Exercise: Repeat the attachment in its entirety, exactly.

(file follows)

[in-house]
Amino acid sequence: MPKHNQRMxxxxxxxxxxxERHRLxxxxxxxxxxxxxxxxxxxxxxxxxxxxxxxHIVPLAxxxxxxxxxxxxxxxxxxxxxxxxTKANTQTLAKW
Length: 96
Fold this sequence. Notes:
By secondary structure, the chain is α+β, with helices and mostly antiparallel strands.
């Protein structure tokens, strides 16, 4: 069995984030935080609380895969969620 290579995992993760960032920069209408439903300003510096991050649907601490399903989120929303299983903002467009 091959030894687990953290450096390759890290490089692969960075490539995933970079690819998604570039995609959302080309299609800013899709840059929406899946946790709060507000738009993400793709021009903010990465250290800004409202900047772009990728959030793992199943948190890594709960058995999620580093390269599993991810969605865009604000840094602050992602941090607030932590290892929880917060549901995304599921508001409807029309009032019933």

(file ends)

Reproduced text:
[in-house]
Amino acid sequence: MPKHNQRMxxxxxxxxxxxERHRLxxxxxxxxxxxxxxxxxxxxxxxxxxxxxxxHIVPLAxxxxxxxxxxxxxxxxxxxxxxxxTKANTQTLAKW
Length: 96
Fold this sequence. Notes:
By secondary structure, the chain is α+β, with helices and mostly antiparallel strands.
């Protein structure tokens, strides 16, 4: 069995984030935080609380895969969620 290579995992993760960032920069209408439903300003510096991050649907601490399903989120929303299983903002467009 091959030894687990953290450096390759890290490089692969960075490539995933970079690819998604570039995609959302080309299609800013899709840059929406899946946790709060507000738009993400793709021009903010990465250290800004409202900047772009990728959030793992199943948190890594709960058995999620580093390269599993991810969605865009604000840094602050992602941090607030932590290892929880917060549901995304599921508001409807029309009032019933």